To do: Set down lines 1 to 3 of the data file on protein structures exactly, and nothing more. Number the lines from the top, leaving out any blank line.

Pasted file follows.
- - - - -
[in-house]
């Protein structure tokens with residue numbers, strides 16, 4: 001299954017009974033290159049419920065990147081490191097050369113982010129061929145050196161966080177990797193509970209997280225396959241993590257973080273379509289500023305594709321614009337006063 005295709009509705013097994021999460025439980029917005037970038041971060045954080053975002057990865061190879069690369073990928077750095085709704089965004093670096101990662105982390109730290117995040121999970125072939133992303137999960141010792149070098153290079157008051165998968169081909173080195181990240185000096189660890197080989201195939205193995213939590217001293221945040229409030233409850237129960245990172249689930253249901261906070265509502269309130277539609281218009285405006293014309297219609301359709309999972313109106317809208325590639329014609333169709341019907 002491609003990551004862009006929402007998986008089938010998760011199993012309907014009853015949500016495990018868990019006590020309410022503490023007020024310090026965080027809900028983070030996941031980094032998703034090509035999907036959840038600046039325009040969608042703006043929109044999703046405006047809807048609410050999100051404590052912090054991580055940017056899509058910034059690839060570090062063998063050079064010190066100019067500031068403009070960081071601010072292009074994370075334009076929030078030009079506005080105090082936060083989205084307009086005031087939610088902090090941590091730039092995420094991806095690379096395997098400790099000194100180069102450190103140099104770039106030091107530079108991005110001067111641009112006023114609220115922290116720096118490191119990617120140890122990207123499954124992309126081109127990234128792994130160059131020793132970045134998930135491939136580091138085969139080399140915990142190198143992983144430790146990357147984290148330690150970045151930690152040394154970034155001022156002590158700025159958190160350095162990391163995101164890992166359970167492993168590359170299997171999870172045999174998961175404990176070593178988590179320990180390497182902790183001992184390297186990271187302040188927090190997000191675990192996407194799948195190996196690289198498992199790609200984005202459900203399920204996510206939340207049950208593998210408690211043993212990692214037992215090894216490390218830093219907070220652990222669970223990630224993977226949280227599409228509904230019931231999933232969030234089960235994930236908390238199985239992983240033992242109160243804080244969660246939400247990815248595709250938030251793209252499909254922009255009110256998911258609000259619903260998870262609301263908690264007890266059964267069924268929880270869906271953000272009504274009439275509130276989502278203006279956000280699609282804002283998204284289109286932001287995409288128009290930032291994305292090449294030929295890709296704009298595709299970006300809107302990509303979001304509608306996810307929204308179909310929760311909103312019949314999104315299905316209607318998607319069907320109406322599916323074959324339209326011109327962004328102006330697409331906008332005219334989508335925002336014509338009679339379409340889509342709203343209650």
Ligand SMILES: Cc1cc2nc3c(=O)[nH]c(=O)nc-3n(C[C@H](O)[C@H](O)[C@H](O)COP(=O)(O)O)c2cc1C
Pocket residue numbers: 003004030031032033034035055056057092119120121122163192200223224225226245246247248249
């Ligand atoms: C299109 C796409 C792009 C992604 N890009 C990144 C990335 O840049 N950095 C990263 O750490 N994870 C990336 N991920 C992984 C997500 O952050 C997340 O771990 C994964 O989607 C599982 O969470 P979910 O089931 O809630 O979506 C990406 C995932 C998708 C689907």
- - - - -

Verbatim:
[in-house]
């Protein structure tokens with residue numbers, strides 16, 4: 001299954017009974033290159049419920065990147081490191097050369113982010129061929145050196161966080177990797193509970209997280225396959241993590257973080273379509289500023305594709321614009337006063 005295709009509705013097994021999460025439980029917005037970038041971060045954080053975002057990865061190879069690369073990928077750095085709704089965004093670096101990662105982390109730290117995040121999970125072939133992303137999960141010792149070098153290079157008051165998968169081909173080195181990240185000096189660890197080989201195939205193995213939590217001293221945040229409030233409850237129960245990172249689930253249901261906070265509502269309130277539609281218009285405006293014309297219609301359709309999972313109106317809208325590639329014609333169709341019907 002491609003990551004862009006929402007998986008089938010998760011199993012309907014009853015949500016495990018868990019006590020309410022503490023007020024310090026965080027809900028983070030996941031980094032998703034090509035999907036959840038600046039325009040969608042703006043929109044999703046405006047809807048609410050999100051404590052912090054991580055940017056899509058910034059690839060570090062063998063050079064010190066100019067500031068403009070960081071601010072292009074994370075334009076929030078030009079506005080105090082936060083989205084307009086005031087939610088902090090941590091730039092995420094991806095690379096395997098400790099000194100180069102450190103140099104770039106030091107530079108991005110001067111641009112006023114609220115922290116720096118490191119990617120140890122990207123499954124992309126081109127990234128792994130160059131020793132970045134998930135491939136580091138085969139080399140915990142190198143992983144430790146990357147984290148330690150970045151930690152040394154970034155001022156002590158700025159958190160350095162990391163995101164890992166359970167492993168590359170299997171999870172045999174998961175404990176070593178988590179320990180390497182902790183001992184390297186990271187302040188927090190997000191675990192996407194799948195190996196690289198498992199790609200984005202459900203399920204996510206939340207049950208593998210408690211043993212990692214037992215090894216490390218830093219907070220652990222669970223990630224993977226949280227599409228509904230019931231999933232969030234089960235994930236908390238199985239992983240033992242109160243804080244969660246939400247990815248595709250938030251793209252499909254922009255009110256998911258609000259619903260998870262609301263908690264007890266059964267069924268929880270869906271953000272009504274009439275509130276989502278203006279956000280699609282804002283998204284289109286932001287995409288128009290930032291994305292090449294030929295890709296704009298595709299970006300809107302990509303979001304509608306996810307929204308179909310929760311909103312019949314999104315299905316209607318998607319069907320109406322599916323074959324339209326011109327962004328102006330697409331906008332005219334989508335925002336014509338009679339379409340889509342709203343209650």
Ligand SMILES: Cc1cc2nc3c(=O)[nH]c(=O)nc-3n(C[C@H](O)[C@H](O)[C@H](O)COP(=O)(O)O)c2cc1C